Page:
• Application – Page Rank Source: Wikipedia 29
  • Application – Page Rank Store and carry PageRank class PageRankVertex : public Vertex<double, void, double> { public: virtual void Compute(MessageIterator* msgs) { if (superstep() >= 1) { double sum = 0; for (; !msgs->Done(); msgs->Next()) sum += msgs->Value(); *MutableValue() = 0.15 / NumVertices() + 0.85 * sum; } if (superstep() < 30) { const int64 n = GetOutEdgeIterator().size(); SendMessageToAllNeighbors(GetValue() / n); } else VoteToHalt(); For convergence, either there is a limit on } the number of supersteps or aggregators }; are used to detect convergence. 30
  • Application – Shortest Path class ShortestPathVertex a constant larger than : public Vertex<int, int, int> { any feasible distance void Compute(MessageIterator* msgs) { int mindist = IsSource(vertex_id()) ? 0 : INF; In the 1st superstep, only for (; !msgs->Done(); msgs->Next()) the source vertex will mindist = min(mindist, msgs->Value()); update its value (from INF if (mindist < GetValue()) { to zero) *MutableValue() = mindist; OutEdgeIterator iter = GetOutEdgeIterator(); for (; !iter.Done(); iter.Next()) SendMessageTo(iter.Target(),mindist + iter.GetValue()); } VoteToHalt(); } }; 31
  • Example: SSSP in Pregel 1 10 2 0 9 3 5 4 6 7 2 32
  • Example: SSSP in Pregel 1 10 10 2 0 9 3 5 4 6 7 5 2 33
  • Example: SSSP in Pregel 1 10 10 2 0 9 3 5 4 6 7 5 2 34
  • Example: SSSP in Pregel 2 5 14 8 10 0 11 1 10 9 3 12 4 6 7 5 2 7 35
  • Example: SSSP in Pregel 1 8 11 10 2 0 9 3 5 4 6 7 5 2 7 36
  • Example: SSSP in Pregel 9 1 8 11 10 0 14 13 2 9 3 5 4 7 5 2 6 15 7 37
  • Example: SSSP in Pregel 1 8 9 10 2 0 9 3 5 4 6 7 5 2 7 38
  • Example: SSSP in Pregel 1 8 9 10 2 0 9 3 5 4 7 5 2 6 13 7 39
  • Example: SSSP in Pregel 1 8 9 10 2 0 9 3 5 4 6 7 5 2 7 40
  • Outline • Introduction • Computation Model • Writing a Pregel Program • System Implementation • Applications • Experiments • Related Work • Conclusion & Future Work 41
  • Experiments • 300 multicore commodity PCs used. • Only running time is counted. Checkpointing disabled. • Measures scalability of Worker tasks. • Measures scalability w.r.t. # of Vertices. in binary trees and log-normal trees. • Naïve single-source shortest paths (SSSP) implementation. The weight of all edges = 1 42
  • SSSP - 1 billion vertex binary tree: # of Pregel workers varies from 50 to 800 174 s 16 times workers ↓ Speedup of 10 17.3 s 43
  • SSSP – binary trees: varying graph sizes on 800 worker tasks 702 s 17.3 s Graph with a low average outdegree the runtime Increases linearly in the graph size. 44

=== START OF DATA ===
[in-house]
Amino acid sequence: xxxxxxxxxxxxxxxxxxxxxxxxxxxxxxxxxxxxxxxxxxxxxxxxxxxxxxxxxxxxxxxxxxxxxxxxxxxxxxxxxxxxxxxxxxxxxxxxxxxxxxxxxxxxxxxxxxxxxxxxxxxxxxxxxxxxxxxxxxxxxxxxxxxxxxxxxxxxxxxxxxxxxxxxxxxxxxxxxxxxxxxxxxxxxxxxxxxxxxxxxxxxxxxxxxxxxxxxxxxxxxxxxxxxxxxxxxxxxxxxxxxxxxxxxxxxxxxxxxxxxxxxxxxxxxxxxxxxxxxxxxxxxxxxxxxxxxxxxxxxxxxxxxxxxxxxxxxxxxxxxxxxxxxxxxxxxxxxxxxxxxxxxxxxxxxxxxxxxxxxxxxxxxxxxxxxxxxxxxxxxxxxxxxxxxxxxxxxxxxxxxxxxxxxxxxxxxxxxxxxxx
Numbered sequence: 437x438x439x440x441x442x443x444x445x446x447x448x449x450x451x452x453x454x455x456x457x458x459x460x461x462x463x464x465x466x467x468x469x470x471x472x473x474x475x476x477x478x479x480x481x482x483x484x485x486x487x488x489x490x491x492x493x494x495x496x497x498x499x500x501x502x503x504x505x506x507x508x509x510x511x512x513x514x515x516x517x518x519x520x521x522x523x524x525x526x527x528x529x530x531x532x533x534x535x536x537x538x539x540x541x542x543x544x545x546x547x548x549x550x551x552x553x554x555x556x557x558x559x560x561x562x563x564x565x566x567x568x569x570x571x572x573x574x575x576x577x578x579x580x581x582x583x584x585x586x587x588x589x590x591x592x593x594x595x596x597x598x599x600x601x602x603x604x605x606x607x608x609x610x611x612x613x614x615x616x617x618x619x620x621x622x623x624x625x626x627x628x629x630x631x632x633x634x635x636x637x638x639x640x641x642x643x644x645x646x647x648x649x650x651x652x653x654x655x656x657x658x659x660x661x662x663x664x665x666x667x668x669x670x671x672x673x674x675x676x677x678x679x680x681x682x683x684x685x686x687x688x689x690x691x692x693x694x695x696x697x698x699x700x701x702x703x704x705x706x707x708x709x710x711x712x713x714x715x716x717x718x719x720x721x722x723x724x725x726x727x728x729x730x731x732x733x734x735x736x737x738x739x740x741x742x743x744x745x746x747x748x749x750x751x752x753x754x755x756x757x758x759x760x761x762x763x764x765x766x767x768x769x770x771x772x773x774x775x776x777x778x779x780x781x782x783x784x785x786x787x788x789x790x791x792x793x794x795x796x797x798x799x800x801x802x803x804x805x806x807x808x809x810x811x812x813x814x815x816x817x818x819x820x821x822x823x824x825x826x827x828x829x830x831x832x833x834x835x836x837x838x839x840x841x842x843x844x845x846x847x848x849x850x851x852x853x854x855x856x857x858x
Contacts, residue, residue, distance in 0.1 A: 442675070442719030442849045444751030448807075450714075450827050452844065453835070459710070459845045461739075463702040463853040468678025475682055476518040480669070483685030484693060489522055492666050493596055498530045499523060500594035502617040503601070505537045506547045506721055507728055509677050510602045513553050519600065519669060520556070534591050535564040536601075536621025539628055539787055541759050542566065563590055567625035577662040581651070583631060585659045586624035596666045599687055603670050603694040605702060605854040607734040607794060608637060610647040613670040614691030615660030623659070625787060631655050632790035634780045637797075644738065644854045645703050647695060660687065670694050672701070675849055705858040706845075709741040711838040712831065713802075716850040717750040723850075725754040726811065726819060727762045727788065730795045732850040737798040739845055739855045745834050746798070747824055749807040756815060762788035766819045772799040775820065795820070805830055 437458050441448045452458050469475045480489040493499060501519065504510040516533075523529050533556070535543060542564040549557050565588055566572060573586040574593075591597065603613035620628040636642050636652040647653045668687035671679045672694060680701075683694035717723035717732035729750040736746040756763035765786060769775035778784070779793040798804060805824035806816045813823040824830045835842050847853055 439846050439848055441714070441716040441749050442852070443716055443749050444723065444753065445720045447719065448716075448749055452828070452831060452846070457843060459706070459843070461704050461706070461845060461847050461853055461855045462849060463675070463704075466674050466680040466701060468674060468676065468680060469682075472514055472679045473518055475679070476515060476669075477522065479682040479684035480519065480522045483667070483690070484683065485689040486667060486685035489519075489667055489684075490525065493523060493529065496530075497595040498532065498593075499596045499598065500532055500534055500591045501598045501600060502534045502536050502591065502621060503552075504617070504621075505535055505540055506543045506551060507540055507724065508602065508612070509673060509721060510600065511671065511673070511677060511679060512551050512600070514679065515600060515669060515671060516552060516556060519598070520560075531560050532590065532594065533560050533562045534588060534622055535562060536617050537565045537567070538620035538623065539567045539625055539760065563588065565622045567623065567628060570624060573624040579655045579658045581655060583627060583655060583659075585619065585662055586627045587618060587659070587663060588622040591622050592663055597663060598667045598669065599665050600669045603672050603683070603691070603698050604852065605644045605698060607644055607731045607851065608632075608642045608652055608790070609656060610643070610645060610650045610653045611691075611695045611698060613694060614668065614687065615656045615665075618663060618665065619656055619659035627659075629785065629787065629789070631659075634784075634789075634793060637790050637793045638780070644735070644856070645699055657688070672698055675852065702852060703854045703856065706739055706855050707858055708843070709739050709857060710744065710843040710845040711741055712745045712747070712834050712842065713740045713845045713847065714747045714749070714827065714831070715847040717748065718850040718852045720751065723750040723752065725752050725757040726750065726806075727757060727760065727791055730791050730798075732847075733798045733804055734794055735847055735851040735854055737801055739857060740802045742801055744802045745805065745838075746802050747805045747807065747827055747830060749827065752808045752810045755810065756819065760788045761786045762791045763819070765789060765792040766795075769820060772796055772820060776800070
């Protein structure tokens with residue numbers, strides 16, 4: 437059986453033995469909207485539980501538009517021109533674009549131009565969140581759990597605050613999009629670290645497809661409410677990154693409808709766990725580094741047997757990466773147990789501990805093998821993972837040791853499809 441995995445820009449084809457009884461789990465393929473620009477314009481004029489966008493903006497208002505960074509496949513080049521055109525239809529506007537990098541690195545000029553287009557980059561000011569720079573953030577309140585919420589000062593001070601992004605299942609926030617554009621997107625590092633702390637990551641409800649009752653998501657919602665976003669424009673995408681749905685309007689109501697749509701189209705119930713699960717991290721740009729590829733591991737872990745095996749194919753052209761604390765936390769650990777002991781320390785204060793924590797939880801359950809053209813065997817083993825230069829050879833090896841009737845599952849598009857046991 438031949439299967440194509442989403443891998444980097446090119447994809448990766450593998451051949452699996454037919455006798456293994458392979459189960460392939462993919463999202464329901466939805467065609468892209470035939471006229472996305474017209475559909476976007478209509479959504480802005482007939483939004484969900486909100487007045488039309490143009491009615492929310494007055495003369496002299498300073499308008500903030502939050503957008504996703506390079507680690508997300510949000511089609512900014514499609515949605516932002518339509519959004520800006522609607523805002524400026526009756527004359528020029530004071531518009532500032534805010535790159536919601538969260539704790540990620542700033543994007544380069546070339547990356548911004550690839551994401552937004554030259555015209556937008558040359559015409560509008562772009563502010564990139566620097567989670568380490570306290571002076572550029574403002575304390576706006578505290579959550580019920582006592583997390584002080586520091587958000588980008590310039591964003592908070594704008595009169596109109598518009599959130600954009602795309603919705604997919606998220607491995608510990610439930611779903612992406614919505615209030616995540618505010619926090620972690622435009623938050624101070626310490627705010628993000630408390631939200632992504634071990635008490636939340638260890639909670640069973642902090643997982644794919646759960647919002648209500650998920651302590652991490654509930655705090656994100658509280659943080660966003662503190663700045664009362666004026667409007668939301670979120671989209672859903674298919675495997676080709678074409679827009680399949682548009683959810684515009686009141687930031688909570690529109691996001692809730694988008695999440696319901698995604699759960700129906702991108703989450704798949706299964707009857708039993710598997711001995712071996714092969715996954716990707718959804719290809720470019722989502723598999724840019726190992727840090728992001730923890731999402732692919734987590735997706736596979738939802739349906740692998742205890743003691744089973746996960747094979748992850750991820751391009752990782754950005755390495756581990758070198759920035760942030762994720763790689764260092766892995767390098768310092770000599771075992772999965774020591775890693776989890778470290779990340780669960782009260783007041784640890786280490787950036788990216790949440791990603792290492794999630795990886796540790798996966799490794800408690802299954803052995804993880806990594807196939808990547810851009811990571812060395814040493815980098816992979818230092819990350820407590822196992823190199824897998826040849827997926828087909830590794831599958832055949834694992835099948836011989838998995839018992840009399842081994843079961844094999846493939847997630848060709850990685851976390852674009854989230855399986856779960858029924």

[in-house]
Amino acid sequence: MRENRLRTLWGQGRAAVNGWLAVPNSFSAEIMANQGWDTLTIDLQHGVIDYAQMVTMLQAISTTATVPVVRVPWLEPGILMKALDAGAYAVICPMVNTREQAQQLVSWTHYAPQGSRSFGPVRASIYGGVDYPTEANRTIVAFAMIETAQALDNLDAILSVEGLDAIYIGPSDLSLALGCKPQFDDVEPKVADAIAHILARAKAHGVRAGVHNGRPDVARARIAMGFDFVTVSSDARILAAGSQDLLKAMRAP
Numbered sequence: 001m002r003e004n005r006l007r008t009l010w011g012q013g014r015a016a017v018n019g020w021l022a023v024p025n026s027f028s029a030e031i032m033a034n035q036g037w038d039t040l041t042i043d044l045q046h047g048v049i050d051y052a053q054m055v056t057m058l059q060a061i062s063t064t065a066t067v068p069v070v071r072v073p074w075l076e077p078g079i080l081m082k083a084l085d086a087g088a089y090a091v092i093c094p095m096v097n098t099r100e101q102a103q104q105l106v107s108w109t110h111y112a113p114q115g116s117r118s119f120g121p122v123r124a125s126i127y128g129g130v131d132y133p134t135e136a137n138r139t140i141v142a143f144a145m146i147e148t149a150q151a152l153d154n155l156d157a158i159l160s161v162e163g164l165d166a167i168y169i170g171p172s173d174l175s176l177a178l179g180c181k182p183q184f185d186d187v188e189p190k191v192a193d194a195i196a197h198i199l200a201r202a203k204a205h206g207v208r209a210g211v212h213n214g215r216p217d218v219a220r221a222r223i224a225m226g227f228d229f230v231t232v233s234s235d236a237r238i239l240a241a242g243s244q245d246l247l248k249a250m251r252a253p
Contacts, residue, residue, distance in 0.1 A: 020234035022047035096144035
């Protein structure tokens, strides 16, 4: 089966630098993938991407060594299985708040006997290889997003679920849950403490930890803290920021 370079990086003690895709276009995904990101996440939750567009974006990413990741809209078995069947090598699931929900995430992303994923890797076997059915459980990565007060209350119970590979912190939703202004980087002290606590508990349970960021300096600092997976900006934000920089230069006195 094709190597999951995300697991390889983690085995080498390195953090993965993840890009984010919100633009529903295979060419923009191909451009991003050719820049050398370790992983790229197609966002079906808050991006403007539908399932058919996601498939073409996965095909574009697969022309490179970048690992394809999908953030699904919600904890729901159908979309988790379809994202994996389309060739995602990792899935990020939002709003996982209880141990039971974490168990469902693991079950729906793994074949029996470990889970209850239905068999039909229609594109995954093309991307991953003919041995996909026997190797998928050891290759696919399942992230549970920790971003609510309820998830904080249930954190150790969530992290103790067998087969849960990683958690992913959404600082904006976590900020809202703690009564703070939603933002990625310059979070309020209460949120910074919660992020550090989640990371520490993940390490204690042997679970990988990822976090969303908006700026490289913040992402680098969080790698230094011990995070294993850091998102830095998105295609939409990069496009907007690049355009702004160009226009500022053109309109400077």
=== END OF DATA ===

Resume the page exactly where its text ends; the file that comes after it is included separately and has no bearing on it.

• SSSP – log-normal random graphs (mean outdegree = 127.1): varying graph sizes on 800 worker tasks The runtime Increases linearly in the graph size, too. 45
  • Outline • Introduction • Computation Model • Writing a Pregel Program • System Implementation • Applications • Experiments • Related Work • Conclusion & Future Work 46
  • Related Work • MapReduce Pregel is similar in concept to MapReduce, but with a natural graph API and much more efficient support for iterative computations over the graph. • Bulk Synchronous Parallel model the Oxford BSP Library[38], Green BSP library[21], BSPlib[26] and Paderborn University BSP library.  The scalability and fault-tolerance implementation has not been evaluated beyond several dozen machines,  and none of them provides a graph-specific API. 47
  • Related Work • The closest matches to Pregel are: Parallel Boost Graph Library[22],[23]  Pregel provides fault-tolerance CGMgraph[8]  object-oriented programming style at some performance cost • There have been few systems reporting experimental results for graphs at the scale of billions of vertices. 48
  • Outline • Introduction • Computation Model • Writing a Pregel Program • System Implementation • Applications • Experiments • Related Work • Conclusion & Future Work 49
  • Conclusion & Future Work • Pregel is a scalable and fault-tolerant platform with an API that is sufficiently flexible to express arbitrary graph algorithms. • Future work Relaxing the synchronicity of the model.  Not to wait for slower workers at inter-superstep barriers. Assigning vertices to machines to minimize inter-machine communication. Caring dense graphs in which most vertices send messages to most other vertices. 50
  • Comment • No comparison with other systems. • The user has to modify Pregel a lot in order to personalize it to his/her needs. • No failure detection is mentioned for the master, making it a single point of failure. 51
  • Any questions? THANK YOU 52